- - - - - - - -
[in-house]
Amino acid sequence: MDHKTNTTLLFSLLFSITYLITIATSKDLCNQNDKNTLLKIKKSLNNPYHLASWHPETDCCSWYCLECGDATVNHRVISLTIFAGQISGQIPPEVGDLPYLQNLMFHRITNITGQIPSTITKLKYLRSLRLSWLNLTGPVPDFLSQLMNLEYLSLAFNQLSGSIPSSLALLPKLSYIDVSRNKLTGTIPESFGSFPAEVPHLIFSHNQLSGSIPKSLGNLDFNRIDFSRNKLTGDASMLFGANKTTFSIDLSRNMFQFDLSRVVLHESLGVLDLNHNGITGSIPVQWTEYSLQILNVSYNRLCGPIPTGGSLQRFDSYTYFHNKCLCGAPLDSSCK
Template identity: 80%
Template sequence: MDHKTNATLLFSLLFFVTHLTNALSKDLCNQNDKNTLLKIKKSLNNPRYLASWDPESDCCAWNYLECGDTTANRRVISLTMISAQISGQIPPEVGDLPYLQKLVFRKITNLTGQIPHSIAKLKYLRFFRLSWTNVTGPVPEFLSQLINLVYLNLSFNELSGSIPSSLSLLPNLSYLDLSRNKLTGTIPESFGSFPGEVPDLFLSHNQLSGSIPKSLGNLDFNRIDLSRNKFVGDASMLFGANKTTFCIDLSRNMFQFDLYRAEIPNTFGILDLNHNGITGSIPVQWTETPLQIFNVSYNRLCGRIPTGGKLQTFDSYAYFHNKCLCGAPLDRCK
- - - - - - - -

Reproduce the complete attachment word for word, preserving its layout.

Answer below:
[in-house]
Amino acid sequence: MDHKTNTTLLFSLLFSITYLITIATSKDLCNQNDKNTLLKIKKSLNNPYHLASWHPETDCCSWYCLECGDATVNHRVISLTIFAGQISGQIPPEVGDLPYLQNLMFHRITNITGQIPSTITKLKYLRSLRLSWLNLTGPVPDFLSQLMNLEYLSLAFNQLSGSIPSSLALLPKLSYIDVSRNKLTGTIPESFGSFPAEVPHLIFSHNQLSGSIPKSLGNLDFNRIDFSRNKLTGDASMLFGANKTTFSIDLSRNMFQFDLSRVVLHESLGVLDLNHNGITGSIPVQWTEYSLQILNVSYNRLCGPIPTGGSLQRFDSYTYFHNKCLCGAPLDSSCK
Template identity: 80%
Template sequence: MDHKTNATLLFSLLFFVTHLTNALSKDLCNQNDKNTLLKIKKSLNNPRYLASWDPESDCCAWNYLECGDTTANRRVISLTMISAQISGQIPPEVGDLPYLQKLVFRKITNLTGQIPHSIAKLKYLRFFRLSWTNVTGPVPEFLSQLINLVYLNLSFNELSGSIPSSLSLLPNLSYLDLSRNKLTGTIPESFGSFPGEVPDLFLSHNQLSGSIPKSLGNLDFNRIDLSRNKFVGDASMLFGANKTTFCIDLSRNMFQFDLYRAEIPNTFGILDLNHNGITGSIPVQWTETPLQIFNVSYNRLCGRIPTGGKLQTFDSYAYFHNKCLCGAPLDRCK